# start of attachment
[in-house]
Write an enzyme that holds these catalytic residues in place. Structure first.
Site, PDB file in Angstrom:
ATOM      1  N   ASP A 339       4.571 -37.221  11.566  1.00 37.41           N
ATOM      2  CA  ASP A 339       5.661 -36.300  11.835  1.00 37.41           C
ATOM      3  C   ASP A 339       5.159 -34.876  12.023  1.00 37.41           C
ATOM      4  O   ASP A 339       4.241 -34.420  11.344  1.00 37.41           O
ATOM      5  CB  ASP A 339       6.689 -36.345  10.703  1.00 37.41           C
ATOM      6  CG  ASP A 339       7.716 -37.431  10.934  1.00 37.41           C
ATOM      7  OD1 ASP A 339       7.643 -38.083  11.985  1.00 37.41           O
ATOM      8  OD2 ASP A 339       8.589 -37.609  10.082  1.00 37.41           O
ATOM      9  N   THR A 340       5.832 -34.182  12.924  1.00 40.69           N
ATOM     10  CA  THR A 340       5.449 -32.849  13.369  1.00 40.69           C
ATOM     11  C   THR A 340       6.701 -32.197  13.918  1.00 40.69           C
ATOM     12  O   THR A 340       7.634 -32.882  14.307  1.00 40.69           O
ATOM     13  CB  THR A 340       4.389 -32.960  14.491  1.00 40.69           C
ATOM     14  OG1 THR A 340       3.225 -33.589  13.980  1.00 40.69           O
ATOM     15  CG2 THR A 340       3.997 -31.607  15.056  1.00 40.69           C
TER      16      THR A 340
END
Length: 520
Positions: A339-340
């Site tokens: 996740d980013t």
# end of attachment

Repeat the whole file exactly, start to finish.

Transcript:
[in-house]
Write an enzyme that holds these catalytic residues in place. Structure first.
Site, PDB file in Angstrom:
ATOM      1  N   ASP A 339       4.571 -37.221  11.566  1.00 37.41           N
ATOM      2  CA  ASP A 339       5.661 -36.300  11.835  1.00 37.41           C
ATOM      3  C   ASP A 339       5.159 -34.876  12.023  1.00 37.41           C
ATOM      4  O   ASP A 339       4.241 -34.420  11.344  1.00 37.41           O
ATOM      5  CB  ASP A 339       6.689 -36.345  10.703  1.00 37.41           C
ATOM      6  CG  ASP A 339       7.716 -37.431  10.934  1.00 37.41           C
ATOM      7  OD1 ASP A 339       7.643 -38.083  11.985  1.00 37.41           O
ATOM      8  OD2 ASP A 339       8.589 -37.609  10.082  1.00 37.41           O
ATOM      9  N   THR A 340       5.832 -34.182  12.924  1.00 40.69           N
ATOM     10  CA  THR A 340       5.449 -32.849  13.369  1.00 40.69           C
ATOM     11  C   THR A 340       6.701 -32.197  13.918  1.00 40.69           C
ATOM     12  O   THR A 340       7.634 -32.882  14.307  1.00 40.69           O
ATOM     13  CB  THR A 340       4.389 -32.960  14.491  1.00 40.69           C
ATOM     14  OG1 THR A 340       3.225 -33.589  13.980  1.00 40.69           O
ATOM     15  CG2 THR A 340       3.997 -31.607  15.056  1.00 40.69           C
TER      16      THR A 340
END
Length: 520
Positions: A339-340
């Site tokens: 996740d980013t």